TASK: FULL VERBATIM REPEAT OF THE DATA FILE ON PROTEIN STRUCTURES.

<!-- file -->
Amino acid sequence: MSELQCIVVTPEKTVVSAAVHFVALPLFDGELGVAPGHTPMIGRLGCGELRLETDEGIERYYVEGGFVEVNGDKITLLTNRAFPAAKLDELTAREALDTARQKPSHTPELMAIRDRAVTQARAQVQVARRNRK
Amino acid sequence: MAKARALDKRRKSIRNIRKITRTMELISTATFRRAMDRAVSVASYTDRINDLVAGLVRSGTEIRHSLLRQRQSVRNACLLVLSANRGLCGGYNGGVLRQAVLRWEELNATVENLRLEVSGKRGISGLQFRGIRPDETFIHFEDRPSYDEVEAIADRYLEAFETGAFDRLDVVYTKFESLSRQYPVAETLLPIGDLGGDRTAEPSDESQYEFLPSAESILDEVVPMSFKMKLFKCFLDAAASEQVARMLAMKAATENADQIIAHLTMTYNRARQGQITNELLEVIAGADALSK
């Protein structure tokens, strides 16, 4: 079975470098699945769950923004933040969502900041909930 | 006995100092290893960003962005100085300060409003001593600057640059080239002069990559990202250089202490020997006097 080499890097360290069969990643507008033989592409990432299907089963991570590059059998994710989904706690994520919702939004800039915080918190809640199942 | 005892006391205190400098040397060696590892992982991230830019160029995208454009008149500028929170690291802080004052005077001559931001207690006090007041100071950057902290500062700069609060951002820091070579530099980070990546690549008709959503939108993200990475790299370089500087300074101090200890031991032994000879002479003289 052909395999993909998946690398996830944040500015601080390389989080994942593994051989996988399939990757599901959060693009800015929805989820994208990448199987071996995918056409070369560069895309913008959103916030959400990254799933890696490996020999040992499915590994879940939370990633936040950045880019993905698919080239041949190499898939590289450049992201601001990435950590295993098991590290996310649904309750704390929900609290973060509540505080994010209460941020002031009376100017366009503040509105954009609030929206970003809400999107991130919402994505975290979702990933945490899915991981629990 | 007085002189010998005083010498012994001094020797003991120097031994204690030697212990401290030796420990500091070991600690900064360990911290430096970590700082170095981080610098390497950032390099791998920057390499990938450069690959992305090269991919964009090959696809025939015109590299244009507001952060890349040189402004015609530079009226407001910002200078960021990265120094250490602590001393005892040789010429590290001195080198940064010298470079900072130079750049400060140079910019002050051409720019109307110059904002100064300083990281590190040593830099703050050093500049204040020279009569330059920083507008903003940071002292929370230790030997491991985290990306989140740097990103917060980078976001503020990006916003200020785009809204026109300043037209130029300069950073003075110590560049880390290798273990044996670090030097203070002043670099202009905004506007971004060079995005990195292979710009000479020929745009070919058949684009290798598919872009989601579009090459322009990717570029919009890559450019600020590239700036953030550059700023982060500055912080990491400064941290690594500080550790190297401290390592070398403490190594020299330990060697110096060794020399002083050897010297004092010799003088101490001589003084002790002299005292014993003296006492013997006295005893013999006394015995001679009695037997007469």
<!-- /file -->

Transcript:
Amino acid sequence: MSELQCIVVTPEKTVVSAAVHFVALPLFDGELGVAPGHTPMIGRLGCGELRLETDEGIERYYVEGGFVEVNGDKITLLTNRAFPAAKLDELTAREALDTARQKPSHTPELMAIRDRAVTQARAQVQVARRNRK
Amino acid sequence: MAKARALDKRRKSIRNIRKITRTMELISTATFRRAMDRAVSVASYTDRINDLVAGLVRSGTEIRHSLLRQRQSVRNACLLVLSANRGLCGGYNGGVLRQAVLRWEELNATVENLRLEVSGKRGISGLQFRGIRPDETFIHFEDRPSYDEVEAIADRYLEAFETGAFDRLDVVYTKFESLSRQYPVAETLLPIGDLGGDRTAEPSDESQYEFLPSAESILDEVVPMSFKMKLFKCFLDAAASEQVARMLAMKAATENADQIIAHLTMTYNRARQGQITNELLEVIAGADALSK
């Protein structure tokens, strides 16, 4: 079975470098699945769950923004933040969502900041909930 | 006995100092290893960003962005100085300060409003001593600057640059080239002069990559990202250089202490020997006097 080499890097360290069969990643507008033989592409990432299907089963991570590059059998994710989904706690994520919702939004800039915080918190809640199942 | 005892006391205190400098040397060696590892992982991230830019160029995208454009008149500028929170690291802080004052005077001559931001207690006090007041100071950057902290500062700069609060951002820091070579530099980070990546690549008709959503939108993200990475790299370089500087300074101090200890031991032994000879002479003289 052909395999993909998946690398996830944040500015601080390389989080994942593994051989996988399939990757599901959060693009800015929805989820994208990448199987071996995918056409070369560069895309913008959103916030959400990254799933890696490996020999040992499915590994879940939370990633936040950045880019993905698919080239041949190499898939590289450049992201601001990435950590295993098991590290996310649904309750704390929900609290973060509540505080994010209460941020002031009376100017366009503040509105954009609030929206970003809400999107991130919402994505975290979702990933945490899915991981629990 | 007085002189010998005083010498012994001094020797003991120097031994204690030697212990401290030796420990500091070991600690900064360990911290430096970590700082170095981080610098390497950032390099791998920057390499990938450069690959992305090269991919964009090959696809025939015109590299244009507001952060890349040189402004015609530079009226407001910002200078960021990265120094250490602590001393005892040789010429590290001195080198940064010298470079900072130079750049400060140079910019002050051409720019109307110059904002100064300083990281590190040593830099703050050093500049204040020279009569330059920083507008903003940071002292929370230790030997491991985290990306989140740097990103917060980078976001503020990006916003200020785009809204026109300043037209130029300069950073003075110590560049880390290798273990044996670090030097203070002043670099202009905004506007971004060079995005990195292979710009000479020929745009070919058949684009290798598919872009989601579009090459322009990717570029919009890559450019600020590239700036953030550059700023982060500055912080990491400064941290690594500080550790190297401290390592070398403490190594020299330990060697110096060794020399002083050897010297004092010799003088101490001589003084002790002299005292014993003296006492013997006295005893013999006394015995001679009695037997007469």